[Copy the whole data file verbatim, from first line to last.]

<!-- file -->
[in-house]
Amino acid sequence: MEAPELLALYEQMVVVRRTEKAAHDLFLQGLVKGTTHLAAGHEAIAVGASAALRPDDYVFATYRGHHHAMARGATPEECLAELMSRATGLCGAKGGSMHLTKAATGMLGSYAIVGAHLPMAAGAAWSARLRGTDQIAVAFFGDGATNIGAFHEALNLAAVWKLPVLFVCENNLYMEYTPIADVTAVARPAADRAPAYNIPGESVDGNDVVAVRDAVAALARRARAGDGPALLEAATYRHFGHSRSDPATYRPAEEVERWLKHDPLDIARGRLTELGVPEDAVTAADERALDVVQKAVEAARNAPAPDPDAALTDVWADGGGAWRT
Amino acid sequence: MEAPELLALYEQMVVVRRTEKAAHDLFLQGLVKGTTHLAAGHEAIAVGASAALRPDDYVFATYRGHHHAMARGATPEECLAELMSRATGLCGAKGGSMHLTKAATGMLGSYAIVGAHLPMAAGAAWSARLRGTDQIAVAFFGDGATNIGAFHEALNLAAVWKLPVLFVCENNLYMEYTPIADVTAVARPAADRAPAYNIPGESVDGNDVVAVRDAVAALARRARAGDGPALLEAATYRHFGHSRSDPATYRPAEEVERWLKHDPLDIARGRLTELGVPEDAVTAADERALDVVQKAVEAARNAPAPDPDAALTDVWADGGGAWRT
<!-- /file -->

[in-house]
Amino acid sequence: MEAPELLALYEQMVVVRRTEKAAHDLFLQGLVKGTTHLAAGHEAIAVGASAALRPDDYVFATYRGHHHAMARGATPEECLAELMSRATGLCGAKGGSMHLTKAATGMLGSYAIVGAHLPMAAGAAWSARLRGTDQIAVAFFGDGATNIGAFHEALNLAAVWKLPVLFVCENNLYMEYTPIADVTAVARPAADRAPAYNIPGESVDGNDVVAVRDAVAALARRARAGDGPALLEAATYRHFGHSRSDPATYRPAEEVERWLKHDPLDIARGRLTELGVPEDAVTAADERALDVVQKAVEAARNAPAPDPDAALTDVWADGGGAWRT
Amino acid sequence: MEAPELLALYEQMVVVRRTEKAAHDLFLQGLVKGTTHLAAGHEAIAVGASAALRPDDYVFATYRGHHHAMARGATPEECLAELMSRATGLCGAKGGSMHLTKAATGMLGSYAIVGAHLPMAAGAAWSARLRGTDQIAVAFFGDGATNIGAFHEALNLAAVWKLPVLFVCENNLYMEYTPIADVTAVARPAADRAPAYNIPGESVDGNDVVAVRDAVAALARRARAGDGPALLEAATYRHFGHSRSDPATYRPAEEVERWLKHDPLDIARGRLTELGVPEDAVTAADERALDVVQKAVEAARNAPAPDPDAALTDVWADGGGAWRT